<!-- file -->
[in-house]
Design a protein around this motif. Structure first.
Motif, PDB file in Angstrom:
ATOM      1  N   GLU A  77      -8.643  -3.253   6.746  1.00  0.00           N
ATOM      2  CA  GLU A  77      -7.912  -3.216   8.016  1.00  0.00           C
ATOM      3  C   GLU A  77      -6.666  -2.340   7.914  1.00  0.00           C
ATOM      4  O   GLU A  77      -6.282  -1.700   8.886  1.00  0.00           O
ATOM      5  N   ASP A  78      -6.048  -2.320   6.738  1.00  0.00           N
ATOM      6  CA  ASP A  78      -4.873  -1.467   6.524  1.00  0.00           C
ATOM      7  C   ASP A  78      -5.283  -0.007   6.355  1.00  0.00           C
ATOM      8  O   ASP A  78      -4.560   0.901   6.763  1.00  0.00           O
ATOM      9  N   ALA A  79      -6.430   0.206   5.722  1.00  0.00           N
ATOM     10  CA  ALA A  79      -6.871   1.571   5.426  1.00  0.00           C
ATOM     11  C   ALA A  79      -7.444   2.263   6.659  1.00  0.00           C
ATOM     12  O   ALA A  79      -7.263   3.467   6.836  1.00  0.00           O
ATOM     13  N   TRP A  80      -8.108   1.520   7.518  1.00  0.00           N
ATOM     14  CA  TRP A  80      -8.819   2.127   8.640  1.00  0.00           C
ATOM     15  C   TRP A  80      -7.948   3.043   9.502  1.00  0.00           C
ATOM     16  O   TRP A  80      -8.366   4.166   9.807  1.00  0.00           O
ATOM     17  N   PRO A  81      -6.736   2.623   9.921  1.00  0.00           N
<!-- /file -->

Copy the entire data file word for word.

[in-house]
Design a protein around this motif. Structure first.
Motif, PDB file in Angstrom:
ATOM      1  N   GLU A  77      -8.643  -3.253   6.746  1.00  0.00           N
ATOM      2  CA  GLU A  77      -7.912  -3.216   8.016  1.00  0.00           C
ATOM      3  C   GLU A  77      -6.666  -2.340   7.914  1.00  0.00           C
ATOM      4  O   GLU A  77      -6.282  -1.700   8.886  1.00  0.00           O
ATOM      5  N   ASP A  78      -6.048  -2.320   6.738  1.00  0.00           N
ATOM      6  CA  ASP A  78      -4.873  -1.467   6.524  1.00  0.00           C
ATOM      7  C   ASP A  78      -5.283  -0.007   6.355  1.00  0.00           C
ATOM      8  O   ASP A  78      -4.560   0.901   6.763  1.00  0.00           O
ATOM      9  N   ALA A  79      -6.430   0.206   5.722  1.00  0.00           N
ATOM     10  CA  ALA A  79      -6.871   1.571   5.426  1.00  0.00           C
ATOM     11  C   ALA A  79      -7.444   2.263   6.659  1.00  0.00           C
ATOM     12  O   ALA A  79      -7.263   3.467   6.836  1.00  0.00           O
ATOM     13  N   TRP A  80      -8.108   1.520   7.518  1.00  0.00           N
ATOM     14  CA  TRP A  80      -8.819   2.127   8.640  1.00  0.00           C
ATOM     15  C   TRP A  80      -7.948   3.043   9.502  1.00  0.00           C
ATOM     16  O   TRP A  80      -8.366   4.166   9.807  1.00  0.00           O
ATOM     17  N   PRO A  81      -6.736   2.623   9.921  1.00  0.00           N